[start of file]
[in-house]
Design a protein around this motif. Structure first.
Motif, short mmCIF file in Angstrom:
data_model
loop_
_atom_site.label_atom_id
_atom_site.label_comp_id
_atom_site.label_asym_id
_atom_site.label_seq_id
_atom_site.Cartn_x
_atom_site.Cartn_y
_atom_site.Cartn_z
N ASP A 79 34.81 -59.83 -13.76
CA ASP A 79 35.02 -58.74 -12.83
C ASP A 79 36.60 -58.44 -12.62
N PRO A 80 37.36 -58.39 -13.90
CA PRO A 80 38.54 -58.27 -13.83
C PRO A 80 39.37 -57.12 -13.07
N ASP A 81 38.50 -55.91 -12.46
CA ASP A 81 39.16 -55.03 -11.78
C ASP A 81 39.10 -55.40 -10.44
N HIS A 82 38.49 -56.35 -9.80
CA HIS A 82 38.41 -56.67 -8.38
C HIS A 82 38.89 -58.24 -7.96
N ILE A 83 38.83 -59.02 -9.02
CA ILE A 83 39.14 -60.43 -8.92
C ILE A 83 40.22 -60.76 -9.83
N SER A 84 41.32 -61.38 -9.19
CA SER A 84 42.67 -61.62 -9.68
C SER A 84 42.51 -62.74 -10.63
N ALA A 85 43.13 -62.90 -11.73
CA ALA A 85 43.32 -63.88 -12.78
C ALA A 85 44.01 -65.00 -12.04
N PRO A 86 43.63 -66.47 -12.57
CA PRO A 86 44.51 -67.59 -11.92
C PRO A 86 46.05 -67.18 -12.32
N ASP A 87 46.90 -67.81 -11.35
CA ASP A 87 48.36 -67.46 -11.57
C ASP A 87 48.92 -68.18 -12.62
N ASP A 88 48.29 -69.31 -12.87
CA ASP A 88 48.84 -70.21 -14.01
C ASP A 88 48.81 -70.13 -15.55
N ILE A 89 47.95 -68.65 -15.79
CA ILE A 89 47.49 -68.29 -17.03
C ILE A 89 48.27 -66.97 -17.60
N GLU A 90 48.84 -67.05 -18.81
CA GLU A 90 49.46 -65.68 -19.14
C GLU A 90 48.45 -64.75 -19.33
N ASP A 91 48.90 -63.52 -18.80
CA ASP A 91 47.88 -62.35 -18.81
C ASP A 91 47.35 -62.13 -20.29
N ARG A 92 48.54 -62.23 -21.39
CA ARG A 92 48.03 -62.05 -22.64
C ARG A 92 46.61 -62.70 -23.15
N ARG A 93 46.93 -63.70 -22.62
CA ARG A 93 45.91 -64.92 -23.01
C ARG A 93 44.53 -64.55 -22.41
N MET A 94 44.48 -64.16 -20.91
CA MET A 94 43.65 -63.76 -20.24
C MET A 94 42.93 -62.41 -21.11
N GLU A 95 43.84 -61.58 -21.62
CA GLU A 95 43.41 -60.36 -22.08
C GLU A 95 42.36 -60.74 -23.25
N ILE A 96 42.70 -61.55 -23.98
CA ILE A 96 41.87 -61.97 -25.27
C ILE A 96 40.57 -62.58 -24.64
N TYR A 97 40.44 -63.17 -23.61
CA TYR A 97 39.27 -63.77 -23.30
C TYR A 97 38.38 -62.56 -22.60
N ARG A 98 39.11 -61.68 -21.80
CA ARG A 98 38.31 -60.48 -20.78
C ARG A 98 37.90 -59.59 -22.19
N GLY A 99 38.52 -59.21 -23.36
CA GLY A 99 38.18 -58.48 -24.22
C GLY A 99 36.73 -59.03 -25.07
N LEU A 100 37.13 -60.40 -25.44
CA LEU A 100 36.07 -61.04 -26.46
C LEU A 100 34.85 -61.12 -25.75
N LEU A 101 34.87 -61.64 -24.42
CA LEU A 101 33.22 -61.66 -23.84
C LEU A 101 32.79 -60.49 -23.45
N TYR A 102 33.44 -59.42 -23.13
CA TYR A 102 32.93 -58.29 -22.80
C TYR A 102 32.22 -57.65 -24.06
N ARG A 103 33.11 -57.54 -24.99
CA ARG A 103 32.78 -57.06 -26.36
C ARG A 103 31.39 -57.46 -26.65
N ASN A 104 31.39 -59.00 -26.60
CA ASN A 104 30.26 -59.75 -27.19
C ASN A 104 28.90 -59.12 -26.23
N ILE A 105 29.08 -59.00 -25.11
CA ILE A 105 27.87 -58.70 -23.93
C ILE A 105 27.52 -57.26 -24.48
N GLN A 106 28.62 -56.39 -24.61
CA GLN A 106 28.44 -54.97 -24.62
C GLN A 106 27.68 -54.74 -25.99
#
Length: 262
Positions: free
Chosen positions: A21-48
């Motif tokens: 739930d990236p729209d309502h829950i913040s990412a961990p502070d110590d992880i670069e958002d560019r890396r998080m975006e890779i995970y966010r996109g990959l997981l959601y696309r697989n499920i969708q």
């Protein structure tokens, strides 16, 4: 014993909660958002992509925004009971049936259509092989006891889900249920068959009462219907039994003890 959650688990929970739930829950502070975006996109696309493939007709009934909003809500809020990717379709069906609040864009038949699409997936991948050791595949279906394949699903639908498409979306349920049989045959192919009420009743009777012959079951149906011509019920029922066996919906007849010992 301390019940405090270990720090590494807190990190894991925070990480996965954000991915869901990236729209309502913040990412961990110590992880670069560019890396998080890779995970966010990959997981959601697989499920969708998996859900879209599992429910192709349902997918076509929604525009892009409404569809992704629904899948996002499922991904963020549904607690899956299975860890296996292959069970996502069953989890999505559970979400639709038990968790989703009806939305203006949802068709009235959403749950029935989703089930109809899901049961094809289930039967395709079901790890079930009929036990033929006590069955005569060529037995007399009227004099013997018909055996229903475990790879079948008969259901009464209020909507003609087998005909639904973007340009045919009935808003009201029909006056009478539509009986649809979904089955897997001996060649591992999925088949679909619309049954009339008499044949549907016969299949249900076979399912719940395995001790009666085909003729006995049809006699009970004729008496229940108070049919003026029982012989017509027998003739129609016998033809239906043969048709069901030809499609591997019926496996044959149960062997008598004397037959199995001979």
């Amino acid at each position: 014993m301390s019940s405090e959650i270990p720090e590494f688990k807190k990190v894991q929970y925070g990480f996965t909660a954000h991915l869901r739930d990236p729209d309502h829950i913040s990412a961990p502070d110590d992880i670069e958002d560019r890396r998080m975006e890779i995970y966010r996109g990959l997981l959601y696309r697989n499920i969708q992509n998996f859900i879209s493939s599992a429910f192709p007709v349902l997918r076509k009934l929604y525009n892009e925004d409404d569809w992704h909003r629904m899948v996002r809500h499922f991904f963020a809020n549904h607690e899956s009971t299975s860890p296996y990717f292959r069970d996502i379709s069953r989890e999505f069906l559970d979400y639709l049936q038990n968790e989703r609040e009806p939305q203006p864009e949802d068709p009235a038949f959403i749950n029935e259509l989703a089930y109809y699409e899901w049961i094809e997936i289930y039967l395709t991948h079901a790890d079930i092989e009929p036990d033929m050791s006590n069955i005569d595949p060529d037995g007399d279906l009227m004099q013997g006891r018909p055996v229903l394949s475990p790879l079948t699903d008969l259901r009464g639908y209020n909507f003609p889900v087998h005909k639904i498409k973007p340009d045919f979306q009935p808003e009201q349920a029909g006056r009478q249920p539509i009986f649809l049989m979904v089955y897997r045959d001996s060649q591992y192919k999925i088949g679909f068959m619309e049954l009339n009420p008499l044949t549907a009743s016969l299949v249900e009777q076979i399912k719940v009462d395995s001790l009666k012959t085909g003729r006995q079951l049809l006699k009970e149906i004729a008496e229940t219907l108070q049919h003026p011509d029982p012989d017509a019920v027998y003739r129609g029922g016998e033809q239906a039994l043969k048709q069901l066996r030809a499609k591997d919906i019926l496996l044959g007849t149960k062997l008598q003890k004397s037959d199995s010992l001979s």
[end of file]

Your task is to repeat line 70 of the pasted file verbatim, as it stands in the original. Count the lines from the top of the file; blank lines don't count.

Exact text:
N ARG A 98 39.11 -61.68 -21.80